As another feature the respective cortical screws are self threading, are headless having a uniform exterior diameter, a longitudinal bore which opens to one end of the screw and which includes a hexagonal aperture to receive a tool or wrench for threading the screws into the bores drilled into the jawbone.
Another feature includes an improved resilient performed jaw implant of silicone rubber, polyethylene or hydroxylapatite or other biologically acceptable material together with a pair of mount posts of metal, polyethylene or other biologically acceptable metal compatible with the screws, embedded within the molded implant and adapted for projection into the cortical screws anchored within the jawbone.
Another feature of the improved chin implant includes thereon a formed fontal facing adapted for corresponding registry with the curvature of the exposed mandible and to which has been bonded a facing of Dacron Velour wherein upon healing, there is a biomechanical locking of the inner surface of the implant with respect to bone tissue which has migrated into the facing.
These and other features and objects will be seen from the following Specification and claims in conjuction with the appended drawings.
FIG. 1 is a front elevational view of the present apertured drill guide as applied to lower portions of a jawbone mandible fragmentarily shown broken away.
FIG. 2 is a right side elevational view thereof in registry with portions of the lower jaw mandible.
FIG. 3 illustrates schematically a locking pin and the twist drill employed, selectively guided through the respective bores of the drill guide for forming corresponding bores within the exposed jawbone and the locking pin for supporting and retaining the drill guide against the jawbone during drilling.
FIG. 4 is a fragmentary frontal view of the lower jaw mandible showing the bores formed therein utilizing the present drill guide.
FIG. 5 is a fragmentary side elevational view thereof.
FIG. 6 is a bracketed telescoped view of the cortical screw and the chin implant.
FIG. 7 is a side elevational view of a cortical screw, on an enlarged scale.
FIG. 8 is an end view thereof.
FIG. 9 is a side elevational view of a chin implant shown in FIG. 6, on an enlarged scale.
FIG. 10 is a side elevational view of the jaw mandible with the chin implant applied to the exposed jawbone.
FIG. 11 is a fragmentary frontal view of the assembled implant with the mandible fragmentarily illustrated and corresponding to FIG. 10.
FIG. 12 is a side view of the chin implant of FIG. 6 with the mount post separate from the implant.
It will be understood that the above drawings illustrate merely the preferred steps of the present method for applying a chin implant, the preferred construction of the drill guide, the chin implant and cortical screw, as one embodiment of the present invention and that other steps and embodiments are contemplated of the scope of the claims hereafter set forth.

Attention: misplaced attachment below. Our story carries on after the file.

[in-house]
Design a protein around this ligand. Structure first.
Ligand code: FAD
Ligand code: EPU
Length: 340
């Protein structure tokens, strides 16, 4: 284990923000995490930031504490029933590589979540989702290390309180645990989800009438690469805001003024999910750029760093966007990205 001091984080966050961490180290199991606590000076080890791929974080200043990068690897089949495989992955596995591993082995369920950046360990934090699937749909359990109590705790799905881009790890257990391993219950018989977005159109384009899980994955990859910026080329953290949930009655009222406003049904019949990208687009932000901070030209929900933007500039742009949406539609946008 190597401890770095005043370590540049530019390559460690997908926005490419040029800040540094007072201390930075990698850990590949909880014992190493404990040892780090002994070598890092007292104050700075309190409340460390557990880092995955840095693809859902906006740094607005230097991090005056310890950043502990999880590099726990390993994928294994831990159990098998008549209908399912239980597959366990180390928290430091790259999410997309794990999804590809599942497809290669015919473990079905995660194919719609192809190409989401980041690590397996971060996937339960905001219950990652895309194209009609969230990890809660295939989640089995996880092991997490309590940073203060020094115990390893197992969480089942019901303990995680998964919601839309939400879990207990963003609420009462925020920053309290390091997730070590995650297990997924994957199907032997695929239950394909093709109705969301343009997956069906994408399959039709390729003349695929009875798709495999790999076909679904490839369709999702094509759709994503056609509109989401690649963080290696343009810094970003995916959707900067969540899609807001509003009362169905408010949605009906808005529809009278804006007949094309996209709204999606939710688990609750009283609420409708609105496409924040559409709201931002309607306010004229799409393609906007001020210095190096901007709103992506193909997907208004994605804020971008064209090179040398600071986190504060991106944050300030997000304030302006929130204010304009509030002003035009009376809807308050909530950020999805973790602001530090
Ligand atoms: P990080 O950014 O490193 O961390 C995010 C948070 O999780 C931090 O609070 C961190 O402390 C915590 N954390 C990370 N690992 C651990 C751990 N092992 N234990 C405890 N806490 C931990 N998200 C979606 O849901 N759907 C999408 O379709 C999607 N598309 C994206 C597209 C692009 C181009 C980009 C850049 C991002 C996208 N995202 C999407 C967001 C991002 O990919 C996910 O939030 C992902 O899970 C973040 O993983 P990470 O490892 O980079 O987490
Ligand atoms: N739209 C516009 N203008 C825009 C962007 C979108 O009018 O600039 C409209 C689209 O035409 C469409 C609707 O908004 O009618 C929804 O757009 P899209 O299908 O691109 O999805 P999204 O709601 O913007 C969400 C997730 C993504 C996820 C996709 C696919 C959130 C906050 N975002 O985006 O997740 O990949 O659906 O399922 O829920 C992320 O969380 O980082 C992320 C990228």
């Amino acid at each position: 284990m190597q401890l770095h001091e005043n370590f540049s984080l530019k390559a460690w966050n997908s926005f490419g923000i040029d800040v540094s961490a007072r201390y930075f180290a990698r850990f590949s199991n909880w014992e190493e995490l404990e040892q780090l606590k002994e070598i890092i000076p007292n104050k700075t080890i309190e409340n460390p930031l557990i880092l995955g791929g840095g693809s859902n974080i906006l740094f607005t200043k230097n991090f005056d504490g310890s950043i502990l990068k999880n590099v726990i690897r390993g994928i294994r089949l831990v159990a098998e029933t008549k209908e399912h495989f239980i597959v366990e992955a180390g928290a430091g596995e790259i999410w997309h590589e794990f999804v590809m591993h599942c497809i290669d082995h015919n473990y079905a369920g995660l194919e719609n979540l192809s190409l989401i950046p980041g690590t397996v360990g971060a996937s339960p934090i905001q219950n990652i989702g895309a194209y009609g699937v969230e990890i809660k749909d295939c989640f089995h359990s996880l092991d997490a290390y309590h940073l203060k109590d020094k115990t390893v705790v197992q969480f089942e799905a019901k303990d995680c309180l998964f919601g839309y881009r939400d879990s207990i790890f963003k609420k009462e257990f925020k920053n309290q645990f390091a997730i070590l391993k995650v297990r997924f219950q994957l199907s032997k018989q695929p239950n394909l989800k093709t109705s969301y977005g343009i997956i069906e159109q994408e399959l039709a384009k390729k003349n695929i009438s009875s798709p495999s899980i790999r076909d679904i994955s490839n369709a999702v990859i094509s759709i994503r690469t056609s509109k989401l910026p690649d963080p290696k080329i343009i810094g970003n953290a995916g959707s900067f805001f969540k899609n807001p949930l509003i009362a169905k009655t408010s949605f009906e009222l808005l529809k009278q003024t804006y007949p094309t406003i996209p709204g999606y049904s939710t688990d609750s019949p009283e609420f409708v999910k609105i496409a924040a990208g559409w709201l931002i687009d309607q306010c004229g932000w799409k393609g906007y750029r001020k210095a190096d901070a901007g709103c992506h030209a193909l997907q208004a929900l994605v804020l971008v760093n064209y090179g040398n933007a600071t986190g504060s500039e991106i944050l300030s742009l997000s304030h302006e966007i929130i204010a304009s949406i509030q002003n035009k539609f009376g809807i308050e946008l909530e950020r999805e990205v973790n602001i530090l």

The present drill guide 11 is shown in the drawings, FIGS. 1, 2 and 3, includes a formed handle 13 having an upright central axis 14, when in use, and thereover at one end stabilizing body 15. On the top of said body and forming a part thereof is a top drill guide sleeve 17 having a bore 19 therethrough adapted to receive a drill, such as shown in FIG. 3 having a diameter of approximately two millimeters for illustration and overlying the guide sleeve 17 forming a part of body 15 is a converging locating center 21 arranged along the central axis 14.
The body 15 includes below guide sleeve 17 a pair of laterally spaced drill guide sleeves 23 with bores 25 therethrough adapted to receive a power operated twist or other drill 35, FIG. 3. In this case the twist drill is 2.7 mm, for illustration, and wherein the bores 25 are of sufficient diameter to loosely and guidably receive said drill. In the illustrative embodiment the bores 25 in head 15 are arranged upon opposite sides of axis 14 equidistantly therefrom and between center lines are arranged at a spacing of 12 mm, for illustration.
At the bottom of drill guide body 15 are a pair of laterally spaced forwardly extending downwardly arcuate stabilizing arms 27, similarly spaced apart at their centers at 12 mm, approximately, FIGS. 1 and 2. The respective stabilizer arms are generally spaced below the axis of the respective bores 25, a distance of 12 mm, for illustration, thereby locating the drill guide bores 25 approximately 6 mm above the undersurface of the mandible shown, fragmentarily in FIGS. 1 and 2.
As an initial step the present method of applying an implant 45 to the chin of a human mandible, FIG. 10, includes surgically stripping tissue from frontal portions of the lower mandible adjacent the chin, down to the jawbone, as shown schematically in FIGS. 1 and 2, at 59.
This is followed by centrally locating and applying the drill guide 11 to the exposed bone and with the stabilizing arms 27 bearing against the undersurface of the chin. The central axis 14 of the drill guide is in alignment with a median or saggital plane 22 of the lower mandible of a human, fragmentarily shown in FIG. 1.
A further successive step includes drilling through the guide bore 19, utilizing a power drill 35 or hand operated drill, which loosely and guidably projects through bore 19 and into the exposed jawbone of the mandible forming the bore 29, FIG. 2.